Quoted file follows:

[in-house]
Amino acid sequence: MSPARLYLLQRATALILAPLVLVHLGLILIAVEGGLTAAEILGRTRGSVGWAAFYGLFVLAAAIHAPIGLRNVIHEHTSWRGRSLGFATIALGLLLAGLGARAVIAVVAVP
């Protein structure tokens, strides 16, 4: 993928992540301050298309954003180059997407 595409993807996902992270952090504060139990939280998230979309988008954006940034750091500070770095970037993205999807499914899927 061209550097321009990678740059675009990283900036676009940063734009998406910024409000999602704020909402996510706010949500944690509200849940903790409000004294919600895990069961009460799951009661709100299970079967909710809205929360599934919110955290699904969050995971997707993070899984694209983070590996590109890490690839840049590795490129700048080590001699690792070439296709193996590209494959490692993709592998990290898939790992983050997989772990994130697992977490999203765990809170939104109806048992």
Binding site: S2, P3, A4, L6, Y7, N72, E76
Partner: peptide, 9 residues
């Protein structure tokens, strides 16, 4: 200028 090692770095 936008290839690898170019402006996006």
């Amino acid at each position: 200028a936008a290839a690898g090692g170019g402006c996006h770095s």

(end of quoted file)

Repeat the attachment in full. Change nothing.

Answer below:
[in-house]
Amino acid sequence: MSPARLYLLQRATALILAPLVLVHLGLILIAVEGGLTAAEILGRTRGSVGWAAFYGLFVLAAAIHAPIGLRNVIHEHTSWRGRSLGFATIALGLLLAGLGARAVIAVVAVP
């Protein structure tokens, strides 16, 4: 993928992540301050298309954003180059997407 595409993807996902992270952090504060139990939280998230979309988008954006940034750091500070770095970037993205999807499914899927 061209550097321009990678740059675009990283900036676009940063734009998406910024409000999602704020909402996510706010949500944690509200849940903790409000004294919600895990069961009460799951009661709100299970079967909710809205929360599934919110955290699904969050995971997707993070899984694209983070590996590109890490690839840049590795490129700048080590001699690792070439296709193996590209494959490692993709592998990290898939790992983050997989772990994130697992977490999203765990809170939104109806048992």
Binding site: S2, P3, A4, L6, Y7, N72, E76
Partner: peptide, 9 residues
């Protein structure tokens, strides 16, 4: 200028 090692770095 936008290839690898170019402006996006």
């Amino acid at each position: 200028a936008a290839a690898g090692g170019g402006c996006h770095s």